Polygon Outlines (Interpolation Masks)

Irregular shapes can be interpolated or excluded from interpolation by defining inclusive or exclusive polygons prior to interpolating. In this window you can define these polygons by entering coordinates of polygon vertices, i.e. x-y points that outline the polygon.

Polygons must be closed, thus they must have at least 3 vertices (3 vertices describe a triangle). You may specify as many vertices per polygon as you like (up to several million), and polygons may be nested within one another as in the example below. However, the vertices for each polygon must define a single, closed polygon, i.e. no segments of the polygon may cross another segment. Also the first and last vertex specified must connect to one another. You can check the shape of the polygon while it is being defined with the Map command.

There are two types of polygons, defined by the keyword “Include” and “Exclude” in the worksheet as noted in the example below:

•      In inclusive polygons, the area within the polygon is interpolated.

•      In exclusive polygons, the area within the polygon is not interpolated.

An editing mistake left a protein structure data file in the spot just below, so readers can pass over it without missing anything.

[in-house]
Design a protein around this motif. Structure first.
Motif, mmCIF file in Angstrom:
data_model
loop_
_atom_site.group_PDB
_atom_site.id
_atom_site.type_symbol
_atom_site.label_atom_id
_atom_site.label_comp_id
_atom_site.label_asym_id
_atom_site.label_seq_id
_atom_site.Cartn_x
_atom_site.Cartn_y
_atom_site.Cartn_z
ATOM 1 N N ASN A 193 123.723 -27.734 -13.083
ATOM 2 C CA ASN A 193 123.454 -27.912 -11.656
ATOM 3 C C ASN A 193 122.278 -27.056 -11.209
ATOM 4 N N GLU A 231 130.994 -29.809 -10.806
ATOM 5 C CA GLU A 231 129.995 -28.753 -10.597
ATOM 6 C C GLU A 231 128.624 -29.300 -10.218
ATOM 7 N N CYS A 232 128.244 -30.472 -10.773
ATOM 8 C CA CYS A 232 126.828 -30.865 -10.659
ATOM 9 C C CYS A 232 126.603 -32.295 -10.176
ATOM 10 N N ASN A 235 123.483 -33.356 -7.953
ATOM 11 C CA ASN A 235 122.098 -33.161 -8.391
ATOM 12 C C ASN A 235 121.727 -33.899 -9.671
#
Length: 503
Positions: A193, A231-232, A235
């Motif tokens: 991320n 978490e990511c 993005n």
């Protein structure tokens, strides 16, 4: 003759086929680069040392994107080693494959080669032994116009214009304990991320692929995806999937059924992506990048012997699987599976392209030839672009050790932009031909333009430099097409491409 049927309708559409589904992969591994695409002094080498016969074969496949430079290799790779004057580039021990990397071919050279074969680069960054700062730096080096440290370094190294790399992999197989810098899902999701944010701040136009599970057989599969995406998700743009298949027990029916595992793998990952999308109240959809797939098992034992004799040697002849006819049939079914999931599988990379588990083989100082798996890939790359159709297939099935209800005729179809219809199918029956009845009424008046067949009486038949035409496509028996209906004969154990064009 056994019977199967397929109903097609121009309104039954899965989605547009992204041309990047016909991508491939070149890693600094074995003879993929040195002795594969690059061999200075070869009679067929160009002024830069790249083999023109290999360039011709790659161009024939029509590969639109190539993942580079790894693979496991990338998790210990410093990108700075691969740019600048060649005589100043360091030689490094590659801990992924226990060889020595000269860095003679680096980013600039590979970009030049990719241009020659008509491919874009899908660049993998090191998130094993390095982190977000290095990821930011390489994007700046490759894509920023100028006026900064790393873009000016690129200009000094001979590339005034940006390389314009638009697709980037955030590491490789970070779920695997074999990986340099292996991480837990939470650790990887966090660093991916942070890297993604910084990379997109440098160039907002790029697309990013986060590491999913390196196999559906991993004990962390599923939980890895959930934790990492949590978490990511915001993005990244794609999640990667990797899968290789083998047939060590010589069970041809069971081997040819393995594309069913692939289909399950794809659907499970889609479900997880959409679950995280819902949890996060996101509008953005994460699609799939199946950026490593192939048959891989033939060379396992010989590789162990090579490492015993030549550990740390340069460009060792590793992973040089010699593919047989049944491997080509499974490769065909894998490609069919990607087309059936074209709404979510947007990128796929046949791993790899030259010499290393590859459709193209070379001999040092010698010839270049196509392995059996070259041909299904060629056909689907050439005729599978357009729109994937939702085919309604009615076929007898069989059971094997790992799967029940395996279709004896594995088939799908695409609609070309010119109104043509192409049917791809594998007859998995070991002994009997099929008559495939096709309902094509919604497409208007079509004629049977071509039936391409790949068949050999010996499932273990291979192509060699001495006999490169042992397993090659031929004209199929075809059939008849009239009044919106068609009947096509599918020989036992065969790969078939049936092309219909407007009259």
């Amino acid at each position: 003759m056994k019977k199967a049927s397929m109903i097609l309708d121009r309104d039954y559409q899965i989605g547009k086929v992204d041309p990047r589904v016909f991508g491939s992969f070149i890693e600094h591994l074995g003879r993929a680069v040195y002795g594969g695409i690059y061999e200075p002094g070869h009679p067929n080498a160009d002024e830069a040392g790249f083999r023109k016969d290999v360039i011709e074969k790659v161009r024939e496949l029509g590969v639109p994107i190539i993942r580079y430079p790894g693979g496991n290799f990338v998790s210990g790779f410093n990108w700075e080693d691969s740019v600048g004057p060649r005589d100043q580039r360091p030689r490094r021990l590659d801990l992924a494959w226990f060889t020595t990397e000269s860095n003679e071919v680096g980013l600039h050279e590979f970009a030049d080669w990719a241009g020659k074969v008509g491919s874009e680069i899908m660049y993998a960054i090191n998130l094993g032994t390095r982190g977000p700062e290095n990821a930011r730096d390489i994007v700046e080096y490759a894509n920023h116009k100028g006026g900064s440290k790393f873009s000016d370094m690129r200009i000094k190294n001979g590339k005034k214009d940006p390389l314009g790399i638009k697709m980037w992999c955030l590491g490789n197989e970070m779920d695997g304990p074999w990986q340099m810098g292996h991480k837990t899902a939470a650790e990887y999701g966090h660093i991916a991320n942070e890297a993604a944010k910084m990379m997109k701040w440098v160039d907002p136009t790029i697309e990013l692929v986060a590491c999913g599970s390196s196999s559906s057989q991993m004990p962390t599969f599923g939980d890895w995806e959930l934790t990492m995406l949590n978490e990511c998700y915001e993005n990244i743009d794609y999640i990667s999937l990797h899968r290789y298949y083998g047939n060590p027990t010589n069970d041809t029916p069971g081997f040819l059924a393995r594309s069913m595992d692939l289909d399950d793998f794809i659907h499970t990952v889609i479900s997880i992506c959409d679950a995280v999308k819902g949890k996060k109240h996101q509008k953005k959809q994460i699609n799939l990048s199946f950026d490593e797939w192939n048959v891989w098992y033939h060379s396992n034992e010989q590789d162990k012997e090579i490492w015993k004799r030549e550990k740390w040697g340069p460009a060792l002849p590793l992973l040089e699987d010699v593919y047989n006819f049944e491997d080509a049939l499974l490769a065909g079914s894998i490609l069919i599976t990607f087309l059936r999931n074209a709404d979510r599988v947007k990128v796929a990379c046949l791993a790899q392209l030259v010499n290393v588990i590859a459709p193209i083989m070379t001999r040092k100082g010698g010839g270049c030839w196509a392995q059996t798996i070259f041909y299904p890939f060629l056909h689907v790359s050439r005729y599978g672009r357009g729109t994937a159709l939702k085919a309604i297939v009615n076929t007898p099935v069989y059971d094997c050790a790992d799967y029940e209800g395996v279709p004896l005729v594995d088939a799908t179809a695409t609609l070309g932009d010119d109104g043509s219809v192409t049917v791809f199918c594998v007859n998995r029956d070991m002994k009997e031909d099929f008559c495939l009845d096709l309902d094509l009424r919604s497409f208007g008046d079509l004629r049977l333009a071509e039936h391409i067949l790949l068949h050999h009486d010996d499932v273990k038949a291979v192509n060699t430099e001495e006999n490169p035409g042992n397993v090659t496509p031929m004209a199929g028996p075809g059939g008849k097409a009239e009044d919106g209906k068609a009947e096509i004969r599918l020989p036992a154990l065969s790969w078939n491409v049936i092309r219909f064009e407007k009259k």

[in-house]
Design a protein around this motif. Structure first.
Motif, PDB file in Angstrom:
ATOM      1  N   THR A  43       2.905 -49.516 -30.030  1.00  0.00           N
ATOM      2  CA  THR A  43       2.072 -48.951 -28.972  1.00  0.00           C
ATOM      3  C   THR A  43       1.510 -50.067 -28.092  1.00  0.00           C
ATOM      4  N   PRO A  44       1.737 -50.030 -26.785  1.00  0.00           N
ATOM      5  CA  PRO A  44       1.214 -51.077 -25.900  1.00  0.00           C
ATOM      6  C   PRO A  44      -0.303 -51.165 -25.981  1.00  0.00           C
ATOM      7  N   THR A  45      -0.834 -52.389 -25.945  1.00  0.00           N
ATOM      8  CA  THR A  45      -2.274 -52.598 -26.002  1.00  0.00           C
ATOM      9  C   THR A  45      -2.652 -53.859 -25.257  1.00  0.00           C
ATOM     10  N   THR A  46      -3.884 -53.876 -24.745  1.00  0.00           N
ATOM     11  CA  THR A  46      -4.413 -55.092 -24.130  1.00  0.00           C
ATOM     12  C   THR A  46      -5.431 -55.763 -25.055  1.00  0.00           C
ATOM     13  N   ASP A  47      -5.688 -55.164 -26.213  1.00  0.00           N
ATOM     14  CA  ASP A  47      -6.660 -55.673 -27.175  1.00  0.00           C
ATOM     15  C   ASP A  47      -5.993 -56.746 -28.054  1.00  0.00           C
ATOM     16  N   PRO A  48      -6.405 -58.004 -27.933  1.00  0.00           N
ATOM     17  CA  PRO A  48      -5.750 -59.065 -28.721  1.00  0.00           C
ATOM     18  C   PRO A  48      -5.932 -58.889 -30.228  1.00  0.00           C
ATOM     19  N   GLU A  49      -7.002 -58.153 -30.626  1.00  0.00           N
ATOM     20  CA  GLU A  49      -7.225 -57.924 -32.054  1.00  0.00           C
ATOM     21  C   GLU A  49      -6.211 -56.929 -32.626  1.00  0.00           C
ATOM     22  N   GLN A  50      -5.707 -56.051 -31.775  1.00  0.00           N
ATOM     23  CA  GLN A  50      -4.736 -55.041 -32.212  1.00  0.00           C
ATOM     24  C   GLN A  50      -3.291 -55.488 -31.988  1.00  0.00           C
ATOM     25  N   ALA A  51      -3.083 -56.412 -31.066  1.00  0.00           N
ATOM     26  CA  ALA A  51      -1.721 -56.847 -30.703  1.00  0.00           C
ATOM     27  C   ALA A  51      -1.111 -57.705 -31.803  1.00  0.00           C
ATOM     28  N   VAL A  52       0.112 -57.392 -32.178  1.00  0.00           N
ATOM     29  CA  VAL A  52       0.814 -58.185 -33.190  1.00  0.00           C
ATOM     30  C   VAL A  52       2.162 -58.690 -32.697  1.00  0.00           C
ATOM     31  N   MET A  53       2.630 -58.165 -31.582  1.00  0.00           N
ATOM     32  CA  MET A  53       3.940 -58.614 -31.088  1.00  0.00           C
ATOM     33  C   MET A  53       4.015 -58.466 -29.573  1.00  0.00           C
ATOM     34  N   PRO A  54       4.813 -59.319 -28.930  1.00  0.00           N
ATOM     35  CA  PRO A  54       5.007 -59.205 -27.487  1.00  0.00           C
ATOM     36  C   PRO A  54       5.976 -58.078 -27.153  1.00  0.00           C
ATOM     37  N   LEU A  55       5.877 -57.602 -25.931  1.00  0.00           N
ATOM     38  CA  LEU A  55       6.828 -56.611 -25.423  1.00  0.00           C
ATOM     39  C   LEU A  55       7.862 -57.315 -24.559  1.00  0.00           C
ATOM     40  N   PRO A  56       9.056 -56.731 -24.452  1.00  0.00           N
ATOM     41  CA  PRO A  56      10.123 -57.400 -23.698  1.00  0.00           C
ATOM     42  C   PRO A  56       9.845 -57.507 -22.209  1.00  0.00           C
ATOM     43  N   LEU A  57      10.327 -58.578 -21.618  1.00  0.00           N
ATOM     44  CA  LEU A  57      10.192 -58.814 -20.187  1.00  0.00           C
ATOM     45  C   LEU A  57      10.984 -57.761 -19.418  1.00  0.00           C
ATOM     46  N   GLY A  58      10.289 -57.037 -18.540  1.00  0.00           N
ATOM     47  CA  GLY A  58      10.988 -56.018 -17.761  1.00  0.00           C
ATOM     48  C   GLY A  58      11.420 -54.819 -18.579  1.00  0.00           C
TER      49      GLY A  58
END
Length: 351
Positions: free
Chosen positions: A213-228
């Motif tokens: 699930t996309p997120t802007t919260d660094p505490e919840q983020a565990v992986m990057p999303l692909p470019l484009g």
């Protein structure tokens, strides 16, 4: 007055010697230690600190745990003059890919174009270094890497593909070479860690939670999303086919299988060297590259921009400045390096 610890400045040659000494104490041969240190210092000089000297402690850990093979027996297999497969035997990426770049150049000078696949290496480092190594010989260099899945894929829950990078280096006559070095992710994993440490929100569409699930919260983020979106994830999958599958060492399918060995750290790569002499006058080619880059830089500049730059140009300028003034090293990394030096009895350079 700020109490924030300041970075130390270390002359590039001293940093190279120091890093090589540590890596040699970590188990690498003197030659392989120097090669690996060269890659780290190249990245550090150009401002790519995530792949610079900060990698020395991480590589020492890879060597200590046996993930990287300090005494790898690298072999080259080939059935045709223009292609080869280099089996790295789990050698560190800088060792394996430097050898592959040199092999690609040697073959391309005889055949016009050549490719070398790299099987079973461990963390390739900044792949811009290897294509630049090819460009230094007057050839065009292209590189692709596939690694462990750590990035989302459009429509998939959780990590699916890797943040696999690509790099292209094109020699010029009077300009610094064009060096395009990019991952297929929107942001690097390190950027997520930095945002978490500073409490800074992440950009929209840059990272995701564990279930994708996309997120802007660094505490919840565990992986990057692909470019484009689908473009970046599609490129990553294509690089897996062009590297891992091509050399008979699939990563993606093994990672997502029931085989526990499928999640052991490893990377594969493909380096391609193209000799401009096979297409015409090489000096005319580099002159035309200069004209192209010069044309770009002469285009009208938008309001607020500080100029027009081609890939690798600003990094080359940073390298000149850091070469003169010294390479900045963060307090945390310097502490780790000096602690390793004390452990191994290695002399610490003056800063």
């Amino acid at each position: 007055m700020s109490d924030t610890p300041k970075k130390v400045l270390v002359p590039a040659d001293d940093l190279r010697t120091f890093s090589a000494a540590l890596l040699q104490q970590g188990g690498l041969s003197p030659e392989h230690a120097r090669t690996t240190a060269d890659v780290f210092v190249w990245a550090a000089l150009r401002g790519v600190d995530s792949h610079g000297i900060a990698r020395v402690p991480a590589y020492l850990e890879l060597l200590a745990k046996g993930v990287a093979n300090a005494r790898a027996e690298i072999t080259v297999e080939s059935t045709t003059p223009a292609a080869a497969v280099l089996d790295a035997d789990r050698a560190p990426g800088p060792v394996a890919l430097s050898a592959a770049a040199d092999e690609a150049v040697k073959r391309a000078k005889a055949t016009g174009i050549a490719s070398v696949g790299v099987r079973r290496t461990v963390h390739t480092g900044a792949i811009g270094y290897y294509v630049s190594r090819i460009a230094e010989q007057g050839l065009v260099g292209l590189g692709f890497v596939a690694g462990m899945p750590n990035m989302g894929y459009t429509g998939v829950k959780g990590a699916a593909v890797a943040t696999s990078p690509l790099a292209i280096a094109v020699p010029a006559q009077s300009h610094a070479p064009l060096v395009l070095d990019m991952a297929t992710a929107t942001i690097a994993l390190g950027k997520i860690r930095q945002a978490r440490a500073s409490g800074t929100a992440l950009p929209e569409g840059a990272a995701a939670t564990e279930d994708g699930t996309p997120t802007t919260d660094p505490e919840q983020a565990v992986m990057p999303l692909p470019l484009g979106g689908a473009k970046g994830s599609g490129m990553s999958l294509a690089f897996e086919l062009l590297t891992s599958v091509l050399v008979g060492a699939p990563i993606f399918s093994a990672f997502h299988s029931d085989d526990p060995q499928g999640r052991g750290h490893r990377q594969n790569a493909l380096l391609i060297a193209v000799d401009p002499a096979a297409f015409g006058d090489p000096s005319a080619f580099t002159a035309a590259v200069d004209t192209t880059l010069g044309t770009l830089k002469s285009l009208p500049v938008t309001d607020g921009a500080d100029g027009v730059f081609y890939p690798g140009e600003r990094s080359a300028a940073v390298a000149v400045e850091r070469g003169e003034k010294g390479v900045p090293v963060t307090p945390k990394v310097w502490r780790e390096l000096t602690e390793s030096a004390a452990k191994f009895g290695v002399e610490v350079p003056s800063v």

The example below defines two polygons: the first is a 6-sided area that is excluded from interpolation, the second defines an inclusive 4-sided area (rectangle) inside the 6-sided area. You can use the Map command to produce a picture of these polygons. The "Polygon" statement on the top line is optional. The word "Exclude" or "Include" is not optional; each set of polygon vertices must be preceded by either “Exclude” or “Include”.

images\define_polygon_outlines_window.gif

Clear

Clear the worksheet.

Import

The Import command brings into the worksheet a text file containing vertex locations. The text file can be formatted in a variety of ways with fields separated by either commas or spaces. The default file name extension for polygon interpolation outline files is .int.

Map

Produces an outline map of each polygon within the larger interpolation grid area. Exclusive polygons appear in red, inclusive in blue. Drawing a map is a useful way to test your polygon coordinates.

Other Actions

You may Print, Copy, or Export the contents of the worksheet using the menu commands of the main GS+ window, or via a right-click menu. You may also change the Decimal Places reported by highlighting a column and pressing the Increase or Decrease Decimals icon (or use the Data | Change Decimals menu command). Clicking on the top of a column will Sort the worksheet based on the column selected in alternating ascending or descending order. You may also change Column Widths by placing the cursor over the line between two columns and dragging to a new location.